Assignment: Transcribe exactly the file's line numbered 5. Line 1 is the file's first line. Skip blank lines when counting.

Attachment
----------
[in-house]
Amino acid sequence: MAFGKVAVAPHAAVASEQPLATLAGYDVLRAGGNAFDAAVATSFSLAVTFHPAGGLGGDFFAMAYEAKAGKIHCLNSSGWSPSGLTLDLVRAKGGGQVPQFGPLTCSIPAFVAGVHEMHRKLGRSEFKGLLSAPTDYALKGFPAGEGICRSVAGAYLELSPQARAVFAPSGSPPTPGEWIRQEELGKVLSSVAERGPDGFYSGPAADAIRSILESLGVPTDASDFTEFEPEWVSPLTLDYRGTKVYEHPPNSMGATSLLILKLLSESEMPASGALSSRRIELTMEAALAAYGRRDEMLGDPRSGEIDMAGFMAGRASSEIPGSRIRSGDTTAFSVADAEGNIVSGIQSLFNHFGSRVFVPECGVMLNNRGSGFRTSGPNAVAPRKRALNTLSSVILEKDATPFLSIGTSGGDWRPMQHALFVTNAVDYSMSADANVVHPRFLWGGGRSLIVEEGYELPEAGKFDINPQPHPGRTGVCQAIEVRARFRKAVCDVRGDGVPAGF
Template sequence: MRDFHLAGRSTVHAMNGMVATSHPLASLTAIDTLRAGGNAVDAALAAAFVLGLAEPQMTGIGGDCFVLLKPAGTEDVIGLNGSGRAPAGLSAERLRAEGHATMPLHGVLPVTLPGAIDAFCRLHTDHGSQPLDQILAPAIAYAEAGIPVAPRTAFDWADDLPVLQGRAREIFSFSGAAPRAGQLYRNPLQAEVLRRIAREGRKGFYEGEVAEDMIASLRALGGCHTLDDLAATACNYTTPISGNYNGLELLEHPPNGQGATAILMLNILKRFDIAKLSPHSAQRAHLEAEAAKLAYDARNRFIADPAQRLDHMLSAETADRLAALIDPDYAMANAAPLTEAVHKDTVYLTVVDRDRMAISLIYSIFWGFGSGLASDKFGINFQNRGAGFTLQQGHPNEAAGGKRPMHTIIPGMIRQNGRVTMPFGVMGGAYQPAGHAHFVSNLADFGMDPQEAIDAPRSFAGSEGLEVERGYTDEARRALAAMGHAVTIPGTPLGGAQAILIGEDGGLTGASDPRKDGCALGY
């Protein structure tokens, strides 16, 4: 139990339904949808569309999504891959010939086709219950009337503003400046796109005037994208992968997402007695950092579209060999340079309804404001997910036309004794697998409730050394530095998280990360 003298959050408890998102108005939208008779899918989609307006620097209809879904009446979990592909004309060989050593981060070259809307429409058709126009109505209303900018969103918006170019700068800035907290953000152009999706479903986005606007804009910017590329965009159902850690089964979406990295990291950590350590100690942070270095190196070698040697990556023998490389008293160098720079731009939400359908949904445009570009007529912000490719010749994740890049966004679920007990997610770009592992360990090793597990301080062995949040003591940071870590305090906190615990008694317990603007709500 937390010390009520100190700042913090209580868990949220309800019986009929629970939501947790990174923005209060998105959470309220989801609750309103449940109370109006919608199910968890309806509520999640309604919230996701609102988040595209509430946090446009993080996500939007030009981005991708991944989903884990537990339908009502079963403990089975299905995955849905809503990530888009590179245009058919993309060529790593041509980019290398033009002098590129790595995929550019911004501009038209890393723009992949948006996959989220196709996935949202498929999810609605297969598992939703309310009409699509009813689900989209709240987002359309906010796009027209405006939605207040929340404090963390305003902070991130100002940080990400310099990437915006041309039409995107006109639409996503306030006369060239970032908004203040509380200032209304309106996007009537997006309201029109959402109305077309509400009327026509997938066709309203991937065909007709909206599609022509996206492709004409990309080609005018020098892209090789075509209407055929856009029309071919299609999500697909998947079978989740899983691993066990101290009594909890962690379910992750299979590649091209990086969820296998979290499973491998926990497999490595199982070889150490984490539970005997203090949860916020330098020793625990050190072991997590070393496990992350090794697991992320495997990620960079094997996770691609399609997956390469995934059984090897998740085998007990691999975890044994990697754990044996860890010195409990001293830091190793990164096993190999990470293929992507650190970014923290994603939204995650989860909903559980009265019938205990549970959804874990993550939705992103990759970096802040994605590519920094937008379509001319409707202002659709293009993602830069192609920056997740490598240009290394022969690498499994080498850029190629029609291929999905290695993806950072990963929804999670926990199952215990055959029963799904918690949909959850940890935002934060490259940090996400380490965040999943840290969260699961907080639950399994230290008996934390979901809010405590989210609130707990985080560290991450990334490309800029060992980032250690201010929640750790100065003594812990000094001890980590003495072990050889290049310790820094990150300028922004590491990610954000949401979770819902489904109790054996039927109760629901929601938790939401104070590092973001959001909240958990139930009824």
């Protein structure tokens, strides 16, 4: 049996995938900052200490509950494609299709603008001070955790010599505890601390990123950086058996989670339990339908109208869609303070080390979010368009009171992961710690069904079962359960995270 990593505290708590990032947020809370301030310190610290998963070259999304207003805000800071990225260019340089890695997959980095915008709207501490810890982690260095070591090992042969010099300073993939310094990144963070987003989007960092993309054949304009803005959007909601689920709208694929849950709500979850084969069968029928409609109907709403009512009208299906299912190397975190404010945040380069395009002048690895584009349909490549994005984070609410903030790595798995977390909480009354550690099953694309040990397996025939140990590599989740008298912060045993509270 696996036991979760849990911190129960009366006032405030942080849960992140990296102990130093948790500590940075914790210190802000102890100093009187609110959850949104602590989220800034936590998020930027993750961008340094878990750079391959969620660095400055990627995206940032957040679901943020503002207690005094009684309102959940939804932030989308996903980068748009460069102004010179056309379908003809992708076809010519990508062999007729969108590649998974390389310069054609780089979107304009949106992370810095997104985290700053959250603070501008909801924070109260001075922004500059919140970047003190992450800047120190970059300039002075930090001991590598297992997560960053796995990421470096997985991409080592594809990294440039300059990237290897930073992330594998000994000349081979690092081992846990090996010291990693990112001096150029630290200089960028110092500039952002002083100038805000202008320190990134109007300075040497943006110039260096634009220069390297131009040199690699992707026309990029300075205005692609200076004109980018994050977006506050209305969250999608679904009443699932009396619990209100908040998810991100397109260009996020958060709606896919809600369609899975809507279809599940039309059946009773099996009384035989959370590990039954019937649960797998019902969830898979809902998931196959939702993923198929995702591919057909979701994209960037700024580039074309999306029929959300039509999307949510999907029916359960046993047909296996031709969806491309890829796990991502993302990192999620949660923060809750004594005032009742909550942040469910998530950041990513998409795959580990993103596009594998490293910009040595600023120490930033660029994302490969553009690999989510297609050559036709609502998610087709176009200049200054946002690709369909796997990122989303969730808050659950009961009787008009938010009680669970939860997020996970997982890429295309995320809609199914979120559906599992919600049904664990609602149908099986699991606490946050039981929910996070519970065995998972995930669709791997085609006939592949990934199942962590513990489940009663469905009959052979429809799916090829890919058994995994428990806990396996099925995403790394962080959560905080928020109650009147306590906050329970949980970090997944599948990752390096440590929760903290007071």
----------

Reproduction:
């Protein structure tokens, strides 16, 4: 049996995938900052200490509950494609299709603008001070955790010599505890601390990123950086058996989670339990339908109208869609303070080390979010368009009171992961710690069904079962359960995270 990593505290708590990032947020809370301030310190610290998963070259999304207003805000800071990225260019340089890695997959980095915008709207501490810890982690260095070591090992042969010099300073993939310094990144963070987003989007960092993309054949304009803005959007909601689920709208694929849950709500979850084969069968029928409609109907709403009512009208299906299912190397975190404010945040380069395009002048690895584009349909490549994005984070609410903030790595798995977390909480009354550690099953694309040990397996025939140990590599989740008298912060045993509270 696996036991979760849990911190129960009366006032405030942080849960992140990296102990130093948790500590940075914790210190802000102890100093009187609110959850949104602590989220800034936590998020930027993750961008340094878990750079391959969620660095400055990627995206940032957040679901943020503002207690005094009684309102959940939804932030989308996903980068748009460069102004010179056309379908003809992708076809010519990508062999007729969108590649998974390389310069054609780089979107304009949106992370810095997104985290700053959250603070501008909801924070109260001075922004500059919140970047003190992450800047120190970059300039002075930090001991590598297992997560960053796995990421470096997985991409080592594809990294440039300059990237290897930073992330594998000994000349081979690092081992846990090996010291990693990112001096150029630290200089960028110092500039952002002083100038805000202008320190990134109007300075040497943006110039260096634009220069390297131009040199690699992707026309990029300075205005692609200076004109980018994050977006506050209305969250999608679904009443699932009396619990209100908040998810991100397109260009996020958060709606896919809600369609899975809507279809599940039309059946009773099996009384035989959370590990039954019937649960797998019902969830898979809902998931196959939702993923198929995702591919057909979701994209960037700024580039074309999306029929959300039509999307949510999907029916359960046993047909296996031709969806491309890829796990991502993302990192999620949660923060809750004594005032009742909550942040469910998530950041990513998409795959580990993103596009594998490293910009040595600023120490930033660029994302490969553009690999989510297609050559036709609502998610087709176009200049200054946002690709369909796997990122989303969730808050659950009961009787008009938010009680669970939860997020996970997982890429295309995320809609199914979120559906599992919600049904664990609602149908099986699991606490946050039981929910996070519970065995998972995930669709791997085609006939592949990934199942962590513990489940009663469905009959052979429809799916090829890919058994995994428990806990396996099925995403790394962080959560905080928020109650009147306590906050329970949980970090997944599948990752390096440590929760903290007071």